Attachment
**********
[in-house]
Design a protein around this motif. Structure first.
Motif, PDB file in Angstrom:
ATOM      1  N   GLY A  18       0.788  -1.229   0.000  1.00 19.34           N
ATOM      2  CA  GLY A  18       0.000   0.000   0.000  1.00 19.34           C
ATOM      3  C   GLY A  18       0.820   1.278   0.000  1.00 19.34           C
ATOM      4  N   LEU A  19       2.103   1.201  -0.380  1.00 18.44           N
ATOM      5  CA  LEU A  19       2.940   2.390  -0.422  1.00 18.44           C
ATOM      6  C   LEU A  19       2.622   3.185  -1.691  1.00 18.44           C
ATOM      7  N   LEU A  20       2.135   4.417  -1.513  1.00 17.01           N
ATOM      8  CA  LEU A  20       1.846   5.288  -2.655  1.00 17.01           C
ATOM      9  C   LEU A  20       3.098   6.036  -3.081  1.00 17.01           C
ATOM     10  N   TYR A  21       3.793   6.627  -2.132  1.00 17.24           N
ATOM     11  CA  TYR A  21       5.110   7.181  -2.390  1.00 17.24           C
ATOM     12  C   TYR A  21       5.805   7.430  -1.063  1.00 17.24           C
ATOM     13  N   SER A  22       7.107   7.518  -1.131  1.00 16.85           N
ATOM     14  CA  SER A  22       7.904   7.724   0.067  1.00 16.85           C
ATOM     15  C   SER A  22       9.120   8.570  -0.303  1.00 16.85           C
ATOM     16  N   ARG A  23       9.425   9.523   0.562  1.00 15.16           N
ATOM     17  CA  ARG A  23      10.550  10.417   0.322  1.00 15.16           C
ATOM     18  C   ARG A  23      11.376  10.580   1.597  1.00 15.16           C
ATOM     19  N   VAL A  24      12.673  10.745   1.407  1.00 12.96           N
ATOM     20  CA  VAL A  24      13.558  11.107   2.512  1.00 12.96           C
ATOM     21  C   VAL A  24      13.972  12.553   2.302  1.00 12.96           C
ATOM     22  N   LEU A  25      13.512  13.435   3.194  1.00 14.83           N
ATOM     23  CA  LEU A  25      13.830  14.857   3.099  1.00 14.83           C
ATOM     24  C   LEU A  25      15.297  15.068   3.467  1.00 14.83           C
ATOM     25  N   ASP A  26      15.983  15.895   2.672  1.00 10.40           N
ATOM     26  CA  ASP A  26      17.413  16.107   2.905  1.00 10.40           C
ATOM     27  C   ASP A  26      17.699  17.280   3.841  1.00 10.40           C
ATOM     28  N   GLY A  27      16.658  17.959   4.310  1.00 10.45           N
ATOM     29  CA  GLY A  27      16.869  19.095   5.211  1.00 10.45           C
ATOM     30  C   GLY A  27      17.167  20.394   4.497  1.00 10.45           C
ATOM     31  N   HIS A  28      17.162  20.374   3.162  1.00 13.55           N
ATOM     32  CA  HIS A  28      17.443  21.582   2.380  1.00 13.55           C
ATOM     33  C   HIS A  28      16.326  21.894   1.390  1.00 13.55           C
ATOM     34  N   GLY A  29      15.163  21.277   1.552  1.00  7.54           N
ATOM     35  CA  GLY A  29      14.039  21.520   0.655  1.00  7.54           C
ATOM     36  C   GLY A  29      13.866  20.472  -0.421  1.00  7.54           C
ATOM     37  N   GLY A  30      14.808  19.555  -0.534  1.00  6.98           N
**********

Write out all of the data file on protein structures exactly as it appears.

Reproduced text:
[in-house]
Design a protein around this motif. Structure first.
Motif, PDB file in Angstrom:
ATOM      1  N   GLY A  18       0.788  -1.229   0.000  1.00 19.34           N
ATOM      2  CA  GLY A  18       0.000   0.000   0.000  1.00 19.34           C
ATOM      3  C   GLY A  18       0.820   1.278   0.000  1.00 19.34           C
ATOM      4  N   LEU A  19       2.103   1.201  -0.380  1.00 18.44           N
ATOM      5  CA  LEU A  19       2.940   2.390  -0.422  1.00 18.44           C
ATOM      6  C   LEU A  19       2.622   3.185  -1.691  1.00 18.44           C
ATOM      7  N   LEU A  20       2.135   4.417  -1.513  1.00 17.01           N
ATOM      8  CA  LEU A  20       1.846   5.288  -2.655  1.00 17.01           C
ATOM      9  C   LEU A  20       3.098   6.036  -3.081  1.00 17.01           C
ATOM     10  N   TYR A  21       3.793   6.627  -2.132  1.00 17.24           N
ATOM     11  CA  TYR A  21       5.110   7.181  -2.390  1.00 17.24           C
ATOM     12  C   TYR A  21       5.805   7.430  -1.063  1.00 17.24           C
ATOM     13  N   SER A  22       7.107   7.518  -1.131  1.00 16.85           N
ATOM     14  CA  SER A  22       7.904   7.724   0.067  1.00 16.85           C
ATOM     15  C   SER A  22       9.120   8.570  -0.303  1.00 16.85           C
ATOM     16  N   ARG A  23       9.425   9.523   0.562  1.00 15.16           N
ATOM     17  CA  ARG A  23      10.550  10.417   0.322  1.00 15.16           C
ATOM     18  C   ARG A  23      11.376  10.580   1.597  1.00 15.16           C
ATOM     19  N   VAL A  24      12.673  10.745   1.407  1.00 12.96           N
ATOM     20  CA  VAL A  24      13.558  11.107   2.512  1.00 12.96           C
ATOM     21  C   VAL A  24      13.972  12.553   2.302  1.00 12.96           C
ATOM     22  N   LEU A  25      13.512  13.435   3.194  1.00 14.83           N
ATOM     23  CA  LEU A  25      13.830  14.857   3.099  1.00 14.83           C
ATOM     24  C   LEU A  25      15.297  15.068   3.467  1.00 14.83           C
ATOM     25  N   ASP A  26      15.983  15.895   2.672  1.00 10.40           N
ATOM     26  CA  ASP A  26      17.413  16.107   2.905  1.00 10.40           C
ATOM     27  C   ASP A  26      17.699  17.280   3.841  1.00 10.40           C
ATOM     28  N   GLY A  27      16.658  17.959   4.310  1.00 10.45           N
ATOM     29  CA  GLY A  27      16.869  19.095   5.211  1.00 10.45           C
ATOM     30  C   GLY A  27      17.167  20.394   4.497  1.00 10.45           C
ATOM     31  N   HIS A  28      17.162  20.374   3.162  1.00 13.55           N
ATOM     32  CA  HIS A  28      17.443  21.582   2.380  1.00 13.55           C
ATOM     33  C   HIS A  28      16.326  21.894   1.390  1.00 13.55           C
ATOM     34  N   GLY A  29      15.163  21.277   1.552  1.00  7.54           N
ATOM     35  CA  GLY A  29      14.039  21.520   0.655  1.00  7.54           C
ATOM     36  C   GLY A  29      13.866  20.472  -0.421  1.00  7.54           C
ATOM     37  N   GLY A  30      14.808  19.555  -0.534  1.00  6.98           N